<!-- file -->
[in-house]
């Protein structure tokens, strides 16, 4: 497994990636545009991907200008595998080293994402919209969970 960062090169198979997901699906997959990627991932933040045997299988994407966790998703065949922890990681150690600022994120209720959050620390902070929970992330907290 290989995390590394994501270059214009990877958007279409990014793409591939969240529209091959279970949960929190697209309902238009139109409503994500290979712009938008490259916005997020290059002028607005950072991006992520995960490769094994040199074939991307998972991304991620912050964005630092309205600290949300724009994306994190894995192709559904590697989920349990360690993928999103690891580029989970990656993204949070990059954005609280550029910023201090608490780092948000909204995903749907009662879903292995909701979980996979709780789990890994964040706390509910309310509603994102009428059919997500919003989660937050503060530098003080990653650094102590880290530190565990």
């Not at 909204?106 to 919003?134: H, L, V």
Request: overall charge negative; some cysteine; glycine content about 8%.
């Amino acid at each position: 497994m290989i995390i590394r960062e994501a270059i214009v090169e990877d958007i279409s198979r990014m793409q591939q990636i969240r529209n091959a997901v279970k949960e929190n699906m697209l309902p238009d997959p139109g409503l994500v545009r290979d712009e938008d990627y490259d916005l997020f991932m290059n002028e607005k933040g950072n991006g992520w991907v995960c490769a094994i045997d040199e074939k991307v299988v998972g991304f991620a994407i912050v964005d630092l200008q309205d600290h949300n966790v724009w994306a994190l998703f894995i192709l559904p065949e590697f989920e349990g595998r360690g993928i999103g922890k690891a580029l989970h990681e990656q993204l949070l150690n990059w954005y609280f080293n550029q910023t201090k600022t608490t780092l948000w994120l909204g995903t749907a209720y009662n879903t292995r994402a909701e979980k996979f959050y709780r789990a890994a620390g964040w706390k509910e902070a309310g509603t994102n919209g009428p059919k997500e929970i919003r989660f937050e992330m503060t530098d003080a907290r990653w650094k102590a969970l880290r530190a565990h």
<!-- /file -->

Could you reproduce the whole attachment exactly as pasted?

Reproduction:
[in-house]
């Protein structure tokens, strides 16, 4: 497994990636545009991907200008595998080293994402919209969970 960062090169198979997901699906997959990627991932933040045997299988994407966790998703065949922890990681150690600022994120209720959050620390902070929970992330907290 290989995390590394994501270059214009990877958007279409990014793409591939969240529209091959279970949960929190697209309902238009139109409503994500290979712009938008490259916005997020290059002028607005950072991006992520995960490769094994040199074939991307998972991304991620912050964005630092309205600290949300724009994306994190894995192709559904590697989920349990360690993928999103690891580029989970990656993204949070990059954005609280550029910023201090608490780092948000909204995903749907009662879903292995909701979980996979709780789990890994964040706390509910309310509603994102009428059919997500919003989660937050503060530098003080990653650094102590880290530190565990």
């Not at 909204?106 to 919003?134: H, L, V």
Request: overall charge negative; some cysteine; glycine content about 8%.
């Amino acid at each position: 497994m290989i995390i590394r960062e994501a270059i214009v090169e990877d958007i279409s198979r990014m793409q591939q990636i969240r529209n091959a997901v279970k949960e929190n699906m697209l309902p238009d997959p139109g409503l994500v545009r290979d712009e938008d990627y490259d916005l997020f991932m290059n002028e607005k933040g950072n991006g992520w991907v995960c490769a094994i045997d040199e074939k991307v299988v998972g991304f991620a994407i912050v964005d630092l200008q309205d600290h949300n966790v724009w994306a994190l998703f894995i192709l559904p065949e590697f989920e349990g595998r360690g993928i999103g922890k690891a580029l989970h990681e990656q993204l949070l150690n990059w954005y609280f080293n550029q910023t201090k600022t608490t780092l948000w994120l909204g995903t749907a209720y009662n879903t292995r994402a909701e979980k996979f959050y709780r789990a890994a620390g964040w706390k509910e902070a309310g509603t994102n919209g009428p059919k997500e929970i919003r989660f937050e992330m503060t530098d003080a907290r990653w650094k102590a969970l880290r530190a565990h």